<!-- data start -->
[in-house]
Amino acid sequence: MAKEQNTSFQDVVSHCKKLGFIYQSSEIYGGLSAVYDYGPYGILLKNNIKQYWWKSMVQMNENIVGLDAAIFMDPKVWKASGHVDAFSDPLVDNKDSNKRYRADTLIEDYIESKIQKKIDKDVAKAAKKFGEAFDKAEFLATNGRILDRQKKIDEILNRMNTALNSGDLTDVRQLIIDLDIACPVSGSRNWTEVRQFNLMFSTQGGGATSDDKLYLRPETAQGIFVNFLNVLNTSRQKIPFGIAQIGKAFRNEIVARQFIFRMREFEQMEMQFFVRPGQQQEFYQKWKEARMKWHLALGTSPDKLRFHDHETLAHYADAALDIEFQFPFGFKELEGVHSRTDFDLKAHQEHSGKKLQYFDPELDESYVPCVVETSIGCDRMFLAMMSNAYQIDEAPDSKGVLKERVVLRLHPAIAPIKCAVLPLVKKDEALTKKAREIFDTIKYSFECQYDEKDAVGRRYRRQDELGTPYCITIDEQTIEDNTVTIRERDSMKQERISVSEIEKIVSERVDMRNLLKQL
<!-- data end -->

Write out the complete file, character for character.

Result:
[in-house]
Amino acid sequence: MAKEQNTSFQDVVSHCKKLGFIYQSSEIYGGLSAVYDYGPYGILLKNNIKQYWWKSMVQMNENIVGLDAAIFMDPKVWKASGHVDAFSDPLVDNKDSNKRYRADTLIEDYIESKIQKKIDKDVAKAAKKFGEAFDKAEFLATNGRILDRQKKIDEILNRMNTALNSGDLTDVRQLIIDLDIACPVSGSRNWTEVRQFNLMFSTQGGGATSDDKLYLRPETAQGIFVNFLNVLNTSRQKIPFGIAQIGKAFRNEIVARQFIFRMREFEQMEMQFFVRPGQQQEFYQKWKEARMKWHLALGTSPDKLRFHDHETLAHYADAALDIEFQFPFGFKELEGVHSRTDFDLKAHQEHSGKKLQYFDPELDESYVPCVVETSIGCDRMFLAMMSNAYQIDEAPDSKGVLKERVVLRLHPAIAPIKCAVLPLVKKDEALTKKAREIFDTIKYSFECQYDEKDAVGRRYRRQDELGTPYCITIDEQTIEDNTVTIRERDSMKQERISVSEIEKIVSERVDMRNLLKQL